i) Income tax rates: http://www.mof.gov.sg/taxation/indiv_income_tax_rates.html
    ii) Road tax rates: http://www.onemotoring.com.sg/publish/onemotoring/en/lta_e_services/online_enquiries/road_tax_calculator/road_tax_calculation.html
    iii) Tobacco taxes stand at >64%: http://www.hpb.gov.sg/hpb/default.asp?pg_id=1030#a_keystrategies

    6) The current system of unlimited housing tax concessions is unfair, outdated and unsustainable. At a merely 4% for ANY size of property, it encourages the rich & elitist to speculate/ hoard property at the expense of the majority SGporean: http://www.iras.gov.sg/ESVPortal/pt/pt_d.1.d.6_what+are+the+claims+available+for+residential+properties.asp. And to further the elitist joy: ‘Property Tax haven policy’: another elitist oddity where elites can enjoy S$900K tax exemption: http://forums.hardwarezone.com/showthread.php?t=1512965 (well the existence of estate taxes is another ST forum unanswered: oddity)- Estate duty: Exemption should cover all assets (ST forum: 19.1.07): http://groups.google.com.sg/group/soc.culture.singapore/msg/f258c7cdf9cc2577?hl=en&

    7) If land isn’t a limited commodity in SG then what is? Security spending in SG2006 budget was $12.81b or 41.8% : http://www.mof.gov.sg/budget_2006/expenditure_estimates/attachment/Overview_EE2006.pdf , so should the elite continue to be allowed to hoard/ speculate over vast land areas for a song?

    8) Recently: an HDB flat (govt housing) is getting shockingly expensive and property costs in SG are evading the reach of the common man: due to govt oversight?
    i) A Marine Cres HDB apt (117sq m) is sold for $495K: http://www.hdb.gov.sg/bb33/ispm051p.nsf/Search , http://www.sgforums.com/?action=thread_display&thread_id=236234
    ii) The median gross monthly income of the average Singaporean was $2,170 as at June2006: http://www.todayonline.com/articles/170264.asp
    iii) SLA does little to control speculative rises and land costs; HDB sidesteps the issue of land costs whilst emphasizing how popular HDB flats are :
     Quote: Ms Kee Lay Cheng, Dy Dir, Marketing & Projects, HDB (ST forum 10.1.07) “Mr Leong … has missed the point. To understand the full extent of public-housing subsidy for new HDB flats, one should be comparing the market value of the flats with the sale prices charged by HDB, rather than look at the input costs of land and building… … … …” http://forums.delphiforums.com/n/mb/message.asp?webtag=sammyboymod&msg=129387.1

    9) Proper governance is guided by justice and equality which dictates that progressive taxation forms the backbone of tax policy: http://en.wikipedia.org/wiki/Progressive_tax – . yet it really seems to me that the SG govt ganging up with speculators to profit from land sales: Speculators enjoy low property taxes, gov collects the revenue from expensive land sales. Will HDB eventually breed a population of home debtors? It’s sad when the govt seems so myopic…

    10) GST is a regressive tax that does no favor to the poor. ‘The higher cost of living will hit the poor harder’ http://newpaper.asia1.com.sg/printfriendly/0,4139,122804,00.html and the rich may avoid paying GST on expensive items bought via eBay/ holidays to regional countries etc- methods which the poor have little access.

    11) The gov must honor its manifesto via creating a sustainable platform for the equitable of land distribution in Singapore.

    12) Truth is that land and property are both limited resources and its gov duty to ensure its equitable distribution.
    i) There is also anticipated increased demand for more housing options in SG both by expatriates, FTs as well as Singaporeans who need basic living space to maintain elderly folk, children and other special needs.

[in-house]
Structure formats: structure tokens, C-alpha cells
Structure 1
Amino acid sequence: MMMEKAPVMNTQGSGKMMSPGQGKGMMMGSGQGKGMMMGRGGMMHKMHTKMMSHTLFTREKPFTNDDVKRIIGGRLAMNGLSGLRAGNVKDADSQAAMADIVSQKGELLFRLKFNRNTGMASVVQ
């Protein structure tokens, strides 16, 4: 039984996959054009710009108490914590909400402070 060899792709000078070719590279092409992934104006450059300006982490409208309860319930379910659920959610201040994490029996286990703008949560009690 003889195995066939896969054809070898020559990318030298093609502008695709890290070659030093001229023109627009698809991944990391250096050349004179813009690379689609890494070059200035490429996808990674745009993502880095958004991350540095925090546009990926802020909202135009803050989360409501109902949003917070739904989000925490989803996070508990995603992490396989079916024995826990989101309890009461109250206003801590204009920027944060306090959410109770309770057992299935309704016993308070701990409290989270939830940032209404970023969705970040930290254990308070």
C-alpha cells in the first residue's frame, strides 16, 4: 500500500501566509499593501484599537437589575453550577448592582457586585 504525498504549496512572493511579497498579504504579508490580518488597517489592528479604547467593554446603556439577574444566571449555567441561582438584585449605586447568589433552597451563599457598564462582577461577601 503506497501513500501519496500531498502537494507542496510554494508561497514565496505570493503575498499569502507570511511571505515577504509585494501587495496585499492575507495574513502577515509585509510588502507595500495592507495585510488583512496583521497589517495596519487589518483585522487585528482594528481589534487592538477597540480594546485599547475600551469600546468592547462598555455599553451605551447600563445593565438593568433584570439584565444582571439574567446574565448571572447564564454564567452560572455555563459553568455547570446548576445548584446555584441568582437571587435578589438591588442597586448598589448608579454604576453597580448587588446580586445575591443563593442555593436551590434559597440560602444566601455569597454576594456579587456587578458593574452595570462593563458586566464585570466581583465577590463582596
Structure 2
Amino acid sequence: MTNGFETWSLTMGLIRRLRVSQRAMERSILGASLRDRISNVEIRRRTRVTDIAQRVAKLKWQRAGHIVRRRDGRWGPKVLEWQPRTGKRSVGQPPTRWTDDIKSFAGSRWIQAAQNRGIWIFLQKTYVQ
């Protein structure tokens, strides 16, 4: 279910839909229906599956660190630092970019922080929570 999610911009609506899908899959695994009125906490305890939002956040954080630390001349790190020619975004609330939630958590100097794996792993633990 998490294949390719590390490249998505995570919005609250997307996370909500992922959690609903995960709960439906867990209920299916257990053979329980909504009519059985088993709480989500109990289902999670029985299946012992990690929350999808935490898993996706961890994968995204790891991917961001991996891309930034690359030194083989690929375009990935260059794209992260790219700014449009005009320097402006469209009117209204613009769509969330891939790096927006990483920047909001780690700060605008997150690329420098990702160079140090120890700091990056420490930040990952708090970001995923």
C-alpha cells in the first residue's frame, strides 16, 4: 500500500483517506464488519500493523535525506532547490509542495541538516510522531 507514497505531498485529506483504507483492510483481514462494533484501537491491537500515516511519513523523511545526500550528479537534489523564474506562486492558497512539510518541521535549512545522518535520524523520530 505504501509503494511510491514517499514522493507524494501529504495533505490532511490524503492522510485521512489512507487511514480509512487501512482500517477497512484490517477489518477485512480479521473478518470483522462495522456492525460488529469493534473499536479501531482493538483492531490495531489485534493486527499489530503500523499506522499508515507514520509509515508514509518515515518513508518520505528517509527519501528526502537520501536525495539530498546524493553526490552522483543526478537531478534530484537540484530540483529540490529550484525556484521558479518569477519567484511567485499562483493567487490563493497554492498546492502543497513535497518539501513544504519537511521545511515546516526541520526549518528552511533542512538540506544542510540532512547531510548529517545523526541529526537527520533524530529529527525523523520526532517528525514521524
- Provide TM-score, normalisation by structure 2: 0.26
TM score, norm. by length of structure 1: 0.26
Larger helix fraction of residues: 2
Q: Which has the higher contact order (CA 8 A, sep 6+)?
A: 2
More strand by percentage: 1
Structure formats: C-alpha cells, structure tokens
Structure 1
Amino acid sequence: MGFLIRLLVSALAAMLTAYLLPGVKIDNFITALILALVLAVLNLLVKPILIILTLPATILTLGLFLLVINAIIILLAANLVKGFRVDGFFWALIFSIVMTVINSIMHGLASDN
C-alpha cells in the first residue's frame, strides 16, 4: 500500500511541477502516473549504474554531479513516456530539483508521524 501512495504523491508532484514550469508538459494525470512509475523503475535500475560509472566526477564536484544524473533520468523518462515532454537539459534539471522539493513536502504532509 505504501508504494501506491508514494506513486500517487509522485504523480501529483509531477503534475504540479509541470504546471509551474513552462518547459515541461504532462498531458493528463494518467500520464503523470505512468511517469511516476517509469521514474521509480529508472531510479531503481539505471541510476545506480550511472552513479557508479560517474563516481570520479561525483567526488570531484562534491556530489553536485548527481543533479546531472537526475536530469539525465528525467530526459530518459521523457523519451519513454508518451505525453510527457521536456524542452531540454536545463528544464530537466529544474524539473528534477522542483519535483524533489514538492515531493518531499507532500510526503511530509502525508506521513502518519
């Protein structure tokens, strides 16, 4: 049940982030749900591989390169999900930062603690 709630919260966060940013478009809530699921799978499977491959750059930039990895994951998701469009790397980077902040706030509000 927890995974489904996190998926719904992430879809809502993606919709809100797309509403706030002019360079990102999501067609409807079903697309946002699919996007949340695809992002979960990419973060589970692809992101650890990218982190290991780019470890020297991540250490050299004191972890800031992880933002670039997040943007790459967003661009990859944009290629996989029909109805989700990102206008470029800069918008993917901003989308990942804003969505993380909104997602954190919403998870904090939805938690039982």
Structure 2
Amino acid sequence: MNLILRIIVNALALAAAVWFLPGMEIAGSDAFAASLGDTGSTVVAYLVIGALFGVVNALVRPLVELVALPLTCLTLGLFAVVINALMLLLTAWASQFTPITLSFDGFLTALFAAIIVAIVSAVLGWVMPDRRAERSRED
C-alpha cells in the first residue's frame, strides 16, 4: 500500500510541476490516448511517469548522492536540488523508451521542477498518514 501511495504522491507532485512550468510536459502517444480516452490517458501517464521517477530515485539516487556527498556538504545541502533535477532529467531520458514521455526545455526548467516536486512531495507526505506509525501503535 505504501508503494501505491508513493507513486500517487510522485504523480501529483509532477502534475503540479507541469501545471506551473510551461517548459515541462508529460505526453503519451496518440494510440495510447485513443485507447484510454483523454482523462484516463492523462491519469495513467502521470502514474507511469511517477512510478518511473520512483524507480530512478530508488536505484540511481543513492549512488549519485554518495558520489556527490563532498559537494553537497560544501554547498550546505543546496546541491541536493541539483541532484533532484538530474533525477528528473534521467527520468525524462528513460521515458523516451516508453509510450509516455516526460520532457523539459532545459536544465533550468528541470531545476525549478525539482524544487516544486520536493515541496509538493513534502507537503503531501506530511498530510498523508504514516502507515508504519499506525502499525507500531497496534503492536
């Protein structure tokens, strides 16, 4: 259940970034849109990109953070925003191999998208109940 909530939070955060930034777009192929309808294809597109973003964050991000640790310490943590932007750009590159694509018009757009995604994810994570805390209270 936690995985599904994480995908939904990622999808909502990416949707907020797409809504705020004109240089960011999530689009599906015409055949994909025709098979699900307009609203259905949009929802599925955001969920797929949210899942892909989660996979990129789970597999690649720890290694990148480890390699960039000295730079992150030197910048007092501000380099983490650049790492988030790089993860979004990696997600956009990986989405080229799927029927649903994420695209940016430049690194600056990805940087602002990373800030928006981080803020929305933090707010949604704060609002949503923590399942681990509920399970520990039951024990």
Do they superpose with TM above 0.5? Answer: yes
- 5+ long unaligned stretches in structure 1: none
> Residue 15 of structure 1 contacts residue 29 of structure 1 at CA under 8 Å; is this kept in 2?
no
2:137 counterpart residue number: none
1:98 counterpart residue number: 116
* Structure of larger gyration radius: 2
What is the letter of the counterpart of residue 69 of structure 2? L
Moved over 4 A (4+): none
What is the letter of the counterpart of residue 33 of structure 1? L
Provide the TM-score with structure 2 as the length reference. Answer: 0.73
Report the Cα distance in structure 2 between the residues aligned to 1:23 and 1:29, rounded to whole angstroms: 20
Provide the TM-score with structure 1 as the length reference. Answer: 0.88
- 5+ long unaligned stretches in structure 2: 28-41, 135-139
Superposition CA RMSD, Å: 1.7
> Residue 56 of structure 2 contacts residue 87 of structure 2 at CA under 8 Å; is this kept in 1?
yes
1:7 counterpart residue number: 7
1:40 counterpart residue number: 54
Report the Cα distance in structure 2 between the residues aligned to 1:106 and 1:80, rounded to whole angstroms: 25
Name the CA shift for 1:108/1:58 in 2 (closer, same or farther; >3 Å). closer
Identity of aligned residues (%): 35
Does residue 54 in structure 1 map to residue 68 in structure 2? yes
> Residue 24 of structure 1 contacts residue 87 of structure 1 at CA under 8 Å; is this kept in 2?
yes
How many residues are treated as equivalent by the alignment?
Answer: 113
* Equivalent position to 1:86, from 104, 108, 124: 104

 Population is rising: ‘planning for a population of 6.5 million’: http://www.channelnewsasia.com/stories/singaporelocalnews/print/257659/1/.html
     Foreigner get to ‘can rent HDB flats at a lower rate’: http://www.expatsingapore.com/startup/shift.htm , http://www.jtc.gov.sg/products/readybuilt/housing/apt/pages/apartforrent.aspx
     Pte property in demand: Foreign purchases of private residences here hit an all-time high of 4,595 last year http://groups.google.com.sg/group/soc.culture.singapore/msg/a29e9bb01e9032f7?&hl=en

    13) Social disorder?: something tells me that PAP gov has in someway orchestrated this whole ‘dependency programme’ (rooted in the PAP kiasu mentality). To the elite: Land hoarding remains a tax haven and a means of manipulating the poor in society.
    i) It has been reported that the SG govt’s public assistance schemes are complicated and clumsy:
     ‘Another $70m for ComCare: Fund helped 90,000 needy S’poreans in first 18 months, … which disbursed $2.7 million through grassroots leaders…. 5,500 grassroots leaders were also trained to provide interim assistance to families in financial difficulty’ http://www.todayonline.com/articles/170947print.asp yes: SGporeans are so dependent on PAP handouts… but what about making them less debt laden in the first place via proper regulation of land use in SG?
    ii) The Adventures of Elite Girl, …” … please, get out of my elite uncaring face.” (19 Oct, 2006) saga: http://intelligentsingaporean.wordpress.com/wee-shu-min/ , Peanuts: http://en.wikipedia.org/wiki/Tan_Choo_Leng , NKF saga http://app.mof.gov.sg/cutwaste/suggestionview.asp?id=25856
    iii) No democracy in elections: Downsize super GRCs (23Dec2005): http://newpaper.asia1.com.sg/printfriendly/0,4139,99258,00.html?
    iv) Singaporeans can write to CPF Board to appeal for higher Progress Package payout (3.4.06) : Mr Mah explained that while this may not be the best way of measuring their wealth, it is administratively simple: http://sg.news.yahoo.com/060403/5/singapore201170.html
    v) 67,000 Singaporeans fail to sign up for Progress Package payouts: http://www.channelnewsasia.com/stories/singaporelocalnews/view/254970/1/.html
    vi) Singapore’s birth trend outlook remains dismal (7.2.07): http://www.channelnewsasia.com/stories/singaporelocalnews/view/257208/1/.html – bolder changes in family policies are needed to help Singapore replace its rapidly ageing and dwindling population.